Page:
Verisign: 1.5 Million Facebook Accounts Up for Sale

By  |  Friday, April 23, 2010 at 6:15 am

Verisign’s iDefense Labs has discovered a website which lists some 1.5 million compromised Facebook accounts “for sale.” The selling price is $25 per 1,000 accounts with ten friends or less, and $45 per 1,000 for those accounts with more than ten friends.

While the accounts themselves do not contain enough personal information to commit outright identity theft, some social engineering could produce enough to possibly compromise more sensitive online services the account holder may use. Another avenue is the spreading of malware through the compromised user’s friend network, researchers said.

The information was found on a forum in Russian, posted by a hacker going by the handle “kirllos.” Based on the most current available number of users provided by Facebook — some 400 million — the accounts comprise about four tenths of a percent of the entire user base.

It may seem like a small number, however Facebook is not able to estimate how many more accounts may be compromised by other hackers, eWeek’s Brian Prince reports. Spokesperson Andrew Noyes did add that the social networking site is continuously monitoring for suspicious activity and taking action where neccessary.

When an account is compromised and detected by Facebook, the user’s account is suspended. That user must then take steps to confirm the account is secure, including changing the password.

Users should always be wary of adding friends who they do not know directly, and ensure that their privacy settings are set so that personal information is protected. I’ve already found this out the hard way, and have taken steps myself to prevent the possible misuse of my personal information.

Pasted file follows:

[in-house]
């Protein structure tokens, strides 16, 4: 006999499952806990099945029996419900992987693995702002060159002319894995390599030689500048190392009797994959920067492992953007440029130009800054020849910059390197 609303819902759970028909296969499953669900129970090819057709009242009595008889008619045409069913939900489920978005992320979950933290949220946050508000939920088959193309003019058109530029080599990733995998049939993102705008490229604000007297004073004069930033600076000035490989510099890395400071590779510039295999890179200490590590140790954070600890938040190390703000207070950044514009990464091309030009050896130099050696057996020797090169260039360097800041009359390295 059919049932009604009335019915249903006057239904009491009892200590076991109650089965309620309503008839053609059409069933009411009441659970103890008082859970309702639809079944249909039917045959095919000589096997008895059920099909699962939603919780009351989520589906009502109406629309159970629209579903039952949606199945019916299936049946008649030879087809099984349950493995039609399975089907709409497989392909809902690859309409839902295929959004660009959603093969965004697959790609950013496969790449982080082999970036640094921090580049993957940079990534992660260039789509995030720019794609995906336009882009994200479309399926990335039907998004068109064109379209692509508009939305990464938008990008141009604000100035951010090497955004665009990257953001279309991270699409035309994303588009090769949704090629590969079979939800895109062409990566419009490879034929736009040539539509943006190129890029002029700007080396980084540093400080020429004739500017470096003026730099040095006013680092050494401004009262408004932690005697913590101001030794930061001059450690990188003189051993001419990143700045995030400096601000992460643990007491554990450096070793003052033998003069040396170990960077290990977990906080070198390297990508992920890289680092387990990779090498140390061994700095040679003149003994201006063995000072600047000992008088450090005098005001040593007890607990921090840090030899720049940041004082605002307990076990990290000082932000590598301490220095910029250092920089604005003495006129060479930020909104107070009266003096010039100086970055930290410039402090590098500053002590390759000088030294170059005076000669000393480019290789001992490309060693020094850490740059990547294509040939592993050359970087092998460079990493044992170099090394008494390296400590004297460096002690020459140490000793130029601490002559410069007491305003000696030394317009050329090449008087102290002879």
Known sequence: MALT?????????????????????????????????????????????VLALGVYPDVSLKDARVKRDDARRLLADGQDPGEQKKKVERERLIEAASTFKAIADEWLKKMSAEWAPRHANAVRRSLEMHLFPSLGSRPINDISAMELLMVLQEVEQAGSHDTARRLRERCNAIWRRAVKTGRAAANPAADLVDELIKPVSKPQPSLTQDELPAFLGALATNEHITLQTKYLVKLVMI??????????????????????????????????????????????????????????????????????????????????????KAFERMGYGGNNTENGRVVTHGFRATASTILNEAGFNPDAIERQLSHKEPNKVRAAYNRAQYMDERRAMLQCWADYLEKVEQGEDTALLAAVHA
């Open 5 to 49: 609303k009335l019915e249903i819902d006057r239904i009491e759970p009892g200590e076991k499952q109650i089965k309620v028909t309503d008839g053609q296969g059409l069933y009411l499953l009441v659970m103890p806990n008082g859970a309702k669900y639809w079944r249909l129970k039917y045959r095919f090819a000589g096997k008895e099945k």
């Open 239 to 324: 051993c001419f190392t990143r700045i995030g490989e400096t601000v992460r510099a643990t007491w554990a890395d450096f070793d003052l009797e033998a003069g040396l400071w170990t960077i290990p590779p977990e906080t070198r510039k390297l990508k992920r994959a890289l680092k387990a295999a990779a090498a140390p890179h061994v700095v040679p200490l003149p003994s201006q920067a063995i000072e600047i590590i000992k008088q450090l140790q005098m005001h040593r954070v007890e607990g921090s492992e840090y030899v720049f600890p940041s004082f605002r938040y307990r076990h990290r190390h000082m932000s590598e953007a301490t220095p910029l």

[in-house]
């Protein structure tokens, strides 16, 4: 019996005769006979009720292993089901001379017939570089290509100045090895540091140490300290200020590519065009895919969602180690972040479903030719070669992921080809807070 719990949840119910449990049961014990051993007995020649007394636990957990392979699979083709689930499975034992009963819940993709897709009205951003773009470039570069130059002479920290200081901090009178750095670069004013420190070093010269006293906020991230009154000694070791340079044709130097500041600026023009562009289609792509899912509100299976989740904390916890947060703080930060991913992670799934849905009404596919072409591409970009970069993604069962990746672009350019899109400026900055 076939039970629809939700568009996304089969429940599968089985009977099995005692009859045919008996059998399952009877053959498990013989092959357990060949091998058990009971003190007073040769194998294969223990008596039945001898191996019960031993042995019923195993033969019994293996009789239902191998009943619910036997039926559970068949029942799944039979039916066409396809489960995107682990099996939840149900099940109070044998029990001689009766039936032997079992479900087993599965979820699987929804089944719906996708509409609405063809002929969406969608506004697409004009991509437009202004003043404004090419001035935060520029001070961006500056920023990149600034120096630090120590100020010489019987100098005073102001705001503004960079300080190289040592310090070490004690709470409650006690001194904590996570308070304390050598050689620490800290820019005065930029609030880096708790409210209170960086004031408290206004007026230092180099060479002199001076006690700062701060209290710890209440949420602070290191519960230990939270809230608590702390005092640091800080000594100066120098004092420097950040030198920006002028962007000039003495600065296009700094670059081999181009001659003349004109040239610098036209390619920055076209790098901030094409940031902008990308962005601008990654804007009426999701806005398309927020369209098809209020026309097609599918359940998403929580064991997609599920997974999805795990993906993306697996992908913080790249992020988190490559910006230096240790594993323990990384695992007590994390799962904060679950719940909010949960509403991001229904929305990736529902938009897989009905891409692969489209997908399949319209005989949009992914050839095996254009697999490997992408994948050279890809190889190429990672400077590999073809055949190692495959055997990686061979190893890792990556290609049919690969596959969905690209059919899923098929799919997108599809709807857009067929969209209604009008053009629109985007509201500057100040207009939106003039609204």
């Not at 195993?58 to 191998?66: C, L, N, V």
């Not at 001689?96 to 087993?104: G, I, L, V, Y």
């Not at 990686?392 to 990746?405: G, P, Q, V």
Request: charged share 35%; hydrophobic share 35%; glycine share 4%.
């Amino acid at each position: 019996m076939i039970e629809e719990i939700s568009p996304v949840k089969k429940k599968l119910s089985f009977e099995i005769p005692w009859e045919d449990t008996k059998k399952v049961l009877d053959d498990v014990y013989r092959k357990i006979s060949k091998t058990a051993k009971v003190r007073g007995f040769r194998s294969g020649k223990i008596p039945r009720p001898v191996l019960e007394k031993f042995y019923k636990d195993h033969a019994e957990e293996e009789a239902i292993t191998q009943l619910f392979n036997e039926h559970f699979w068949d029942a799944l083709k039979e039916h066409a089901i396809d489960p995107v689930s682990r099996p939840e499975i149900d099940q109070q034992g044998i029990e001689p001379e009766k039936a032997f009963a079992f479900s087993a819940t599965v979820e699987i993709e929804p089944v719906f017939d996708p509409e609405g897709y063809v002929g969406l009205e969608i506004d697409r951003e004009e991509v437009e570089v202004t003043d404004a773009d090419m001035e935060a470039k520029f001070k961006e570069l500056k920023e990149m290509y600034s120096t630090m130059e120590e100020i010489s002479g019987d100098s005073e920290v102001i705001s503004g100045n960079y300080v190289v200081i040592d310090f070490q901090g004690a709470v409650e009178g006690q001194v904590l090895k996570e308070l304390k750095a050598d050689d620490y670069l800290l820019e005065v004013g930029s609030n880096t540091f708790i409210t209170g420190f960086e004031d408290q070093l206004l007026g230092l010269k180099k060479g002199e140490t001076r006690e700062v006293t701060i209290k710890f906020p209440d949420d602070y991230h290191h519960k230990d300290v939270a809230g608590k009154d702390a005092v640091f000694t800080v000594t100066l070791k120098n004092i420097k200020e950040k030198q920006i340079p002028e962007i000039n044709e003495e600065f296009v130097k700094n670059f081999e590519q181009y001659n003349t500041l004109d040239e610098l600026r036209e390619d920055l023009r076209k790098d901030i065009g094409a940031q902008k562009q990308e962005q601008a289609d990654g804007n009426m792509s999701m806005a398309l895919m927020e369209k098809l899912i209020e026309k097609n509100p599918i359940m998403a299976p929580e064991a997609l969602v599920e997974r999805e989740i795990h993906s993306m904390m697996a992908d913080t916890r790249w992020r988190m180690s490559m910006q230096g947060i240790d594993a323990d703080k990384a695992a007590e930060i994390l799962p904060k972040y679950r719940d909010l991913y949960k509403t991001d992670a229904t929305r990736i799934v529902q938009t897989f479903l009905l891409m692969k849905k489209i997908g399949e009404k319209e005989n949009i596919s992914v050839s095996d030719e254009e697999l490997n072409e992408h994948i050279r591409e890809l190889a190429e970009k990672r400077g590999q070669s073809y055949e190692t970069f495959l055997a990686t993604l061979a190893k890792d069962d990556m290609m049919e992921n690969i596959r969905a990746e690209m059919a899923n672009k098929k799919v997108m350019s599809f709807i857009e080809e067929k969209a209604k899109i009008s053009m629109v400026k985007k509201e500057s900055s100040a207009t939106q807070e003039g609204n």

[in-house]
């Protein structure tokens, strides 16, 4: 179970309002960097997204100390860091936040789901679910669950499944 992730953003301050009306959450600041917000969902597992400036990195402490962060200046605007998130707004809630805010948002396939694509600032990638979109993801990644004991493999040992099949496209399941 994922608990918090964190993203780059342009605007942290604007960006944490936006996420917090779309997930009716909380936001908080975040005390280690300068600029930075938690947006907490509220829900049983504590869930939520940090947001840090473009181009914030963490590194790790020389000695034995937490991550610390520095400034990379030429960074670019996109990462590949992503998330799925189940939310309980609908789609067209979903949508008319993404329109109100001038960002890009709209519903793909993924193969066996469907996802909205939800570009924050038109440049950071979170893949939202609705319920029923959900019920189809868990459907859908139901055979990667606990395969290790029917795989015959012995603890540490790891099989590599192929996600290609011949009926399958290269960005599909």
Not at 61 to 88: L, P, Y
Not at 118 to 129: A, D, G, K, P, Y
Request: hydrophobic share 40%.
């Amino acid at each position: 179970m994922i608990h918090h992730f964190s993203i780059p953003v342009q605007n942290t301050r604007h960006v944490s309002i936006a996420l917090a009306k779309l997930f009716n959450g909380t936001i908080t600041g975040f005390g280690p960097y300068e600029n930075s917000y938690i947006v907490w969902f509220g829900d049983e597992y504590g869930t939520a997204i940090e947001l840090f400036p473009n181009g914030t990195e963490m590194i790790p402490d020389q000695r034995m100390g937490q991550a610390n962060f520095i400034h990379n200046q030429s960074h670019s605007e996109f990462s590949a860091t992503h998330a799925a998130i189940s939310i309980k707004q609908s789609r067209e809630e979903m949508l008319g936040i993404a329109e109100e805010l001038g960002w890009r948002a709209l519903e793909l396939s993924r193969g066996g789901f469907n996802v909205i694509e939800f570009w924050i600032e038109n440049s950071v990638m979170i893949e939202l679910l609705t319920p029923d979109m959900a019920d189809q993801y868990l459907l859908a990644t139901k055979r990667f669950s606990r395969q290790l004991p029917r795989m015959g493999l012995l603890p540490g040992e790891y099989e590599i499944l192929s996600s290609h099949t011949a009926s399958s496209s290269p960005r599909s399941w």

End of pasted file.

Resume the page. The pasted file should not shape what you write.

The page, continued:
I guess the best advice is to just double check that you haven’t let anything slip through the cracks, and stay away from the shady stuff on Facebook!



2 Comments For This Post

  1. Baldguy Says:

    “I” sent oput some iPod spam crap to my friends list. As soon as it happened, I changed my password to something ridiculously obscure. If it happens again, I’m outa there.

    Ironically, I tried to send an explanatory message to my 100 or so friends, and Facebook wouldn’t let me do it, limiting me to 20.

  2. Jammo Says:


    I just cleaned the Koobface virus off of my father in law’s computer which has symptoms like the ones you described (i.e. spamming your whole friends list with messages of a hacker’s choosing).

    You may want to get your computer looked at by a professional to get cleaned up. Took me 5-6 hours of scanning and cleaning with various tools in safe mode to get the box to come up clean.

    Hope this helps.